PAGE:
In Alma 43, war breaks out again between the Nephites and the Lamanites. In this chapter, we are introduced to a young man named Moroni — only 25 years of age — who is selected to lead the Nephite army.
In the description of this particular battle, it is mentioned several times that the motivation of the two armies is completely different. The Lamanites have been taught for generations to hate the Nephites. They are in this battle purely to act on that hatred and destroy the Nephite nation. On the other hand:
“The Nephites were inspired by a better cause … they were fighting for their homes and their liberties, their wives and their children, and their all, yea, for their rites of worship and their church” (Alma 43:45)
With the strength of the Lord on their side, the Nephite army is victorious in this battle in spite of facing a Lamanite army that is more than double their size. Since the Nephites are not motivated by hatred, Moroni calls an end to the battle as soon as it is clear that their defense of their homes and families has been successful. They have no desire to kill and destroy; they are just protecting what God has given them.
Today, we are in a battle of our own, trying to protect what God has given us — the gospel of Jesus Christ. The stakes in our battle are the souls of mankind. The weapons being used by the enemy are sinful lifestyles that are being made to look attractive. An extremely effective strategy has been to equate the acceptance of such lifestyles to being a loving person. The choice is spun to look like this:
- Accept/Support sinful lifestyles = You’re a loving person who loves and respects everyone
- Reject sinful lifestyles = You’re an intolerant, hateful person (a “hater”)
It’s easy to see why this strategy is so effective. After all, most people want to feel that they are loving people. Who wants to be referred to as a hater?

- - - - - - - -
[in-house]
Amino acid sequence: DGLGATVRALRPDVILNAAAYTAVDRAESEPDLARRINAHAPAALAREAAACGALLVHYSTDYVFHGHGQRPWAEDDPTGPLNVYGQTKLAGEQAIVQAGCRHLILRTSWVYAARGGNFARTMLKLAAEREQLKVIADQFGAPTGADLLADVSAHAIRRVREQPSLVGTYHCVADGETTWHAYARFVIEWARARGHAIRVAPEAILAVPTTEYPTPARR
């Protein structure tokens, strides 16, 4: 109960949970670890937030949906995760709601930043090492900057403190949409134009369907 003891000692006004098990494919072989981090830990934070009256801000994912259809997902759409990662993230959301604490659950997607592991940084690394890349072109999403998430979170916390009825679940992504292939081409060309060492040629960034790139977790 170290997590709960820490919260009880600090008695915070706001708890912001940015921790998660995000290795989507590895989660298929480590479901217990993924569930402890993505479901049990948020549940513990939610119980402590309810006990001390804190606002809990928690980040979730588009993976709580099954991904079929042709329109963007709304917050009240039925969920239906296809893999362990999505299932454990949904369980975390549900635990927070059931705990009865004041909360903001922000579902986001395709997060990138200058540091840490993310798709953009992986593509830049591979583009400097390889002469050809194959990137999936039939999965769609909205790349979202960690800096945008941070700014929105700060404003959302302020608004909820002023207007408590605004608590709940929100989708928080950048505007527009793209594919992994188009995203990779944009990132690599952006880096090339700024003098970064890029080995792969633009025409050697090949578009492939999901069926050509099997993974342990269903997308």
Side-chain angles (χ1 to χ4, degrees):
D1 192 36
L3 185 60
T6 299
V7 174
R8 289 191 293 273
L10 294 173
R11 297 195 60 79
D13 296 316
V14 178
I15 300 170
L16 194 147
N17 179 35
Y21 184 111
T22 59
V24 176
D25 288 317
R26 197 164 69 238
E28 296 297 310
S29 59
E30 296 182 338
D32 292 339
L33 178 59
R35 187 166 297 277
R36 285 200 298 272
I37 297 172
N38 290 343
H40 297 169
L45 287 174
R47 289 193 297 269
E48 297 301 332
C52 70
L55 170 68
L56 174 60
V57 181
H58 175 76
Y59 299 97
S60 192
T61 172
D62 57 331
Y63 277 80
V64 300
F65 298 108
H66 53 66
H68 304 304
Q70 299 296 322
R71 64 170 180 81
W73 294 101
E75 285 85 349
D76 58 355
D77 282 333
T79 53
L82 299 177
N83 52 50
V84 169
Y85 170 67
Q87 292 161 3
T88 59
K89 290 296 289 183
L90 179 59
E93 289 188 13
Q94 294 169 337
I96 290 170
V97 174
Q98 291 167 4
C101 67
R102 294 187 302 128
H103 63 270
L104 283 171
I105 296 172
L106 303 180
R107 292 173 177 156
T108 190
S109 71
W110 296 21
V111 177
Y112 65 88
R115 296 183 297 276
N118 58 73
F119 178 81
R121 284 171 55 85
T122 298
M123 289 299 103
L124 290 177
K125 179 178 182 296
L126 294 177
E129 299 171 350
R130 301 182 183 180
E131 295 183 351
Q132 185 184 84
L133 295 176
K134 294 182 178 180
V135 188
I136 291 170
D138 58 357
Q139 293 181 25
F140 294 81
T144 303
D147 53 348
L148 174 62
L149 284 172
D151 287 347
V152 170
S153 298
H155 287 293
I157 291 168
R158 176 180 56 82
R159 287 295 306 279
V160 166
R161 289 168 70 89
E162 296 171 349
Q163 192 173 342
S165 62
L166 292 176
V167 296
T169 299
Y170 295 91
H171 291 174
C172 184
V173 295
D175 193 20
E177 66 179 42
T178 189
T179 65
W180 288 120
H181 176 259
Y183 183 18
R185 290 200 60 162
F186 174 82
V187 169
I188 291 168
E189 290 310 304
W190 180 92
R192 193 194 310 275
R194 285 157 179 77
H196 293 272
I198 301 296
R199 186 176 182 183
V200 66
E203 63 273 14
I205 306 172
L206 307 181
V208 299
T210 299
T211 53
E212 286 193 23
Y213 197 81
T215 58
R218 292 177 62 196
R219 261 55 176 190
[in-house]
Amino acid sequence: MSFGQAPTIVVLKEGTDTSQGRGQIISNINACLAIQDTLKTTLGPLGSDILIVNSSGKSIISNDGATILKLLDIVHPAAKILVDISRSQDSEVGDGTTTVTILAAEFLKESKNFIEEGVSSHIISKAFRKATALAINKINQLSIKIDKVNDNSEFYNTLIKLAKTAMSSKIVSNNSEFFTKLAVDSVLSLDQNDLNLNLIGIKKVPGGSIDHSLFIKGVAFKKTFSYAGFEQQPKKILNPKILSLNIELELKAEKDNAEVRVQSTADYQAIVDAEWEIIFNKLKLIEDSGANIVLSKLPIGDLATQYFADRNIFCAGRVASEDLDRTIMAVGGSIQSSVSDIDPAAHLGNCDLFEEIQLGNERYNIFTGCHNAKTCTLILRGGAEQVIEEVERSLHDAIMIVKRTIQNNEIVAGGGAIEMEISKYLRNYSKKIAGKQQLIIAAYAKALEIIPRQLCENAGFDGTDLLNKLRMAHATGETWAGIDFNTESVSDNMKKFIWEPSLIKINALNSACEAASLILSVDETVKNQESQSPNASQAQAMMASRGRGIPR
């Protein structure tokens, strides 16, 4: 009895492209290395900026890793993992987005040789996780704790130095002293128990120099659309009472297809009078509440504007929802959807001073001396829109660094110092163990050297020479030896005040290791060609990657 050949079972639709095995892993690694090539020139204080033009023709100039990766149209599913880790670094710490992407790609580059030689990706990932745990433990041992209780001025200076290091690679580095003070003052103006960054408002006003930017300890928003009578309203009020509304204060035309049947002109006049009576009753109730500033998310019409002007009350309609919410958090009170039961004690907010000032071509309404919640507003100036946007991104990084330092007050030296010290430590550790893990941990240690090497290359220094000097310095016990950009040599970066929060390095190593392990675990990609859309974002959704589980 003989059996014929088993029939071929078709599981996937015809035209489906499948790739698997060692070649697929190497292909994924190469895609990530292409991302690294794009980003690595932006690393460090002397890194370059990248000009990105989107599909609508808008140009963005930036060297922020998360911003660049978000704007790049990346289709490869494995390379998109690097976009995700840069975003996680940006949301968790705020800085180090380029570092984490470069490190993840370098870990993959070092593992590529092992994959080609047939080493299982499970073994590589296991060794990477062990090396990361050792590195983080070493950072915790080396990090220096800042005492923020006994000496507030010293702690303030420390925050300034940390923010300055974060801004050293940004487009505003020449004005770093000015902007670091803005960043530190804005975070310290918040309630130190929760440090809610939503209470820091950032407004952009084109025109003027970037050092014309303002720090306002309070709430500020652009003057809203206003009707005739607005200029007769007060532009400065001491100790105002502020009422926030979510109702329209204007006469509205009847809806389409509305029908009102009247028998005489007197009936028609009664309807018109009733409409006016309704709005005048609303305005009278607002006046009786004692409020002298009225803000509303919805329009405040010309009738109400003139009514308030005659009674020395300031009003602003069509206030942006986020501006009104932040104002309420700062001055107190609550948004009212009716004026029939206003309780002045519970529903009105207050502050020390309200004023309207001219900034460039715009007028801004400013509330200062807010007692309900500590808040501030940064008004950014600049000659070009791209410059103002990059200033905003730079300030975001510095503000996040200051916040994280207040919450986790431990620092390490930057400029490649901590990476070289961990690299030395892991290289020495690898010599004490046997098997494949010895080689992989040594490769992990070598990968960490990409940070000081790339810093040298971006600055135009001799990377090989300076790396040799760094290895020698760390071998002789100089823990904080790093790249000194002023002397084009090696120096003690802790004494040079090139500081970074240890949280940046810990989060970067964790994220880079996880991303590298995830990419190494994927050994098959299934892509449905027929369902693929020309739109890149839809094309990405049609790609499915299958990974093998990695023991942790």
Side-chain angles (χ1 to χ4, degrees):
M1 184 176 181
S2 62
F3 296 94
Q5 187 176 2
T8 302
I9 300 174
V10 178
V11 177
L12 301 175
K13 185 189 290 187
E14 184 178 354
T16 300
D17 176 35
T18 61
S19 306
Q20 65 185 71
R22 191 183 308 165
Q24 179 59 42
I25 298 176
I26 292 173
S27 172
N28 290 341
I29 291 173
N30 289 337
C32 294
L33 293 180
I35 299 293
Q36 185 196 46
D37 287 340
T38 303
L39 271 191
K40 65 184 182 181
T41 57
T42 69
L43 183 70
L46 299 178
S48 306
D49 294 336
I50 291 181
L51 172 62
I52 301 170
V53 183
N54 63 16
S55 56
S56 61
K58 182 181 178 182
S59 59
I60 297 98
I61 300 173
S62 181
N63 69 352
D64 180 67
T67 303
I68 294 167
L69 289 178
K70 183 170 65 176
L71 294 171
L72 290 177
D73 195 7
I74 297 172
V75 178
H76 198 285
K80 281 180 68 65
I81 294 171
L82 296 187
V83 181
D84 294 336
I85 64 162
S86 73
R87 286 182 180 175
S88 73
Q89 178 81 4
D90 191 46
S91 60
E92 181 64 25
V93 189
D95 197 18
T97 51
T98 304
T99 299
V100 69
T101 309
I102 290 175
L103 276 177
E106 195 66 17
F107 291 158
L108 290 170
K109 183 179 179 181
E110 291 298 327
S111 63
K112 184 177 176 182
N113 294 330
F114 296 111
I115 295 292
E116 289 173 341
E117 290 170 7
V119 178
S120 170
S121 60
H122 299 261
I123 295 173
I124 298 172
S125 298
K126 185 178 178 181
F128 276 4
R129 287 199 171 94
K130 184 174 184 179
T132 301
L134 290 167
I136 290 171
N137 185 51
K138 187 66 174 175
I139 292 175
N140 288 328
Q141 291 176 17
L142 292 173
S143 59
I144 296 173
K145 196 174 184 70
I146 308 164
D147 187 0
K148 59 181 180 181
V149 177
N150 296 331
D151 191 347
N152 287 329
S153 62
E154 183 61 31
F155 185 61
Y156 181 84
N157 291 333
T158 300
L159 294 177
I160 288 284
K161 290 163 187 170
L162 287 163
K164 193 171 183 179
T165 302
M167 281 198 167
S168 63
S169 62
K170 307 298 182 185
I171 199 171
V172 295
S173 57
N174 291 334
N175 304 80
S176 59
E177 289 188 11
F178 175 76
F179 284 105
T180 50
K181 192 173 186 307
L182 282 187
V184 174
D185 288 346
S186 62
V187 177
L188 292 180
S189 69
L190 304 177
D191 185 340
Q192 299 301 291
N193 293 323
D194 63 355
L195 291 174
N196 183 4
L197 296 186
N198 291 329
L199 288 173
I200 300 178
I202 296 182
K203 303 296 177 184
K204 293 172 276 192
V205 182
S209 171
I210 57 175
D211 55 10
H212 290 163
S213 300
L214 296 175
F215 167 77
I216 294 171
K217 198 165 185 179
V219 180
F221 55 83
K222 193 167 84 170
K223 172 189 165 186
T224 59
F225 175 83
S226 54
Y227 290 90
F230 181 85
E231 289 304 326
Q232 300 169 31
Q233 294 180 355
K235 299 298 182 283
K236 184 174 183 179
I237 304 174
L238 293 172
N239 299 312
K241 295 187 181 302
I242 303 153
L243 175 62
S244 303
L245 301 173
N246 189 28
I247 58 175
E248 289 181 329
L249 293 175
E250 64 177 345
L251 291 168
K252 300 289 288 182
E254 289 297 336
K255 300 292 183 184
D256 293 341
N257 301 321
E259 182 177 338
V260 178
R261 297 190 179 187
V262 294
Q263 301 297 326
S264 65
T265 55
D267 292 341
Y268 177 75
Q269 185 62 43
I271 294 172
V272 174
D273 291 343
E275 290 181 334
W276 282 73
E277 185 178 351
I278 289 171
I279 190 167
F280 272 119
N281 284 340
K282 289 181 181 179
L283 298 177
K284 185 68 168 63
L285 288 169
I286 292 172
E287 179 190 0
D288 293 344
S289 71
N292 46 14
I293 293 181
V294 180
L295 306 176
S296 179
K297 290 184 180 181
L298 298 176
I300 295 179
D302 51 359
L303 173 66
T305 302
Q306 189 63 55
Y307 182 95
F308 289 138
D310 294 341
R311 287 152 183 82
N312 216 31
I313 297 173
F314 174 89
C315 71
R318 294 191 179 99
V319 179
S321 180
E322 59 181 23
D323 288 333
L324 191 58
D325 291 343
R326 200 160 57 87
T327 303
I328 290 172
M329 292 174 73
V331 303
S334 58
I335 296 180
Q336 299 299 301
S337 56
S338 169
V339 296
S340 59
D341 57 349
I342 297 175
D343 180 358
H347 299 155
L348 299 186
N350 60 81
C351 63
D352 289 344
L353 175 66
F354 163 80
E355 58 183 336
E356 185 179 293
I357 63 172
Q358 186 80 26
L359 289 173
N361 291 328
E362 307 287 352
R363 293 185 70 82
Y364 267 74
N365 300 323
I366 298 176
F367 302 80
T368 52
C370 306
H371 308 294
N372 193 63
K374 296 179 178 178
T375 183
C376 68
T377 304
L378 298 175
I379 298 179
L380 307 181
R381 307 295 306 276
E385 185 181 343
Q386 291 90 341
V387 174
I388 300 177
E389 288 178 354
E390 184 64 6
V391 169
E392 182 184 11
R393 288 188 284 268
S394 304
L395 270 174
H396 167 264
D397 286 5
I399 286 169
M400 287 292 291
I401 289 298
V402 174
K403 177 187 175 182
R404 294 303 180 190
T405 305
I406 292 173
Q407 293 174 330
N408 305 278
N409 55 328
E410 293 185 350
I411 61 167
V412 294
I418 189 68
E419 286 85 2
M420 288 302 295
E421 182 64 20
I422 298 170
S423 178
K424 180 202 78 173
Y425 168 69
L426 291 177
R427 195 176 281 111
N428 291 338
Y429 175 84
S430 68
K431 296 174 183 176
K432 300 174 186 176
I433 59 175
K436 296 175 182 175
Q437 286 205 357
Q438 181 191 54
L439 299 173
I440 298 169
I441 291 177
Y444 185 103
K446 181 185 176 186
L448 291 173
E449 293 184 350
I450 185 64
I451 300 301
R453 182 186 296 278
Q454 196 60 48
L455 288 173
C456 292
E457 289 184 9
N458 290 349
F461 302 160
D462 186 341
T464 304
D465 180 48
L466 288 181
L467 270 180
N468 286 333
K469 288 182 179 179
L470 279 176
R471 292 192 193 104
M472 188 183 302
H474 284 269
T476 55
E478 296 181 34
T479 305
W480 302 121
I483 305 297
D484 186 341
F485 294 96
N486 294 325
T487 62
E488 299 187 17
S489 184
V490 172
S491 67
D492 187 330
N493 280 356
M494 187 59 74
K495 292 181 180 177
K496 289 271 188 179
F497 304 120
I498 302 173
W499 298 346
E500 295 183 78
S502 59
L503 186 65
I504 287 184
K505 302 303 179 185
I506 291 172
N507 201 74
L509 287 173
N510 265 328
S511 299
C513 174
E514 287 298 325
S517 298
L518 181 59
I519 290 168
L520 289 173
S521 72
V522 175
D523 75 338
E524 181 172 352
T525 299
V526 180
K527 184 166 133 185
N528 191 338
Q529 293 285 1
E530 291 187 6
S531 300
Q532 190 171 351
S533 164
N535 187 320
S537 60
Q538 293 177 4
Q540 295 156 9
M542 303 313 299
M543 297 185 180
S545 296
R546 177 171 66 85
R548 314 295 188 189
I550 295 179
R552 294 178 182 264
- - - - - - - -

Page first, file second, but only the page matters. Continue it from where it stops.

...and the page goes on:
Our challenge is to make sure the above perception is not the reality. Yes, it may be uncomfortable to be exposed to certain types of sinful lifestyles. Yes, it may grate on you when “in your face” tactics are used to get a reaction from you. Yes, when we realize that those who oppose us include many people who actually are hateful and intolerant (toward people like us), it may be tempting to respond in kind. However, as the people of God, our calling is not to hate people — it’s to love people.
We could say that its “not nice” to hate, but it’s more than that. We could say that we shouldn’t be that type of people, but it’s even more than that. As the Lamanites experienced in the battle referenced above, a battle strategy motivated by hate is just not a winning strategy.
If our goal is to build the kingdom of God, then hate will not do it. Hate seeks to hurt and destroy — even if successful, it doesn’t bring us any closer to building the kingdom of God. On the other hand, love seeks to make connections, draw people, and show them a better way — a more joyful way.
So, while we stand firm on defending the precepts of God, let’s not allow ourselves to slip into the mode of doing so in an unloving manner. If people want to call us haters for not accepting every possible lifestyle, then that’s their business — let’s not live up to the name, though. If we want to defeat the enemy, we can’t play his game.
I like the scripture that encourages us to win the battle against an enemy by showing him kindness — “for in so doing thou shalt heap coals of fire on his head. Be not overcome of evil, but overcome evil with good” (Romans 12:20-21).
This article has undergone ministry review and approval.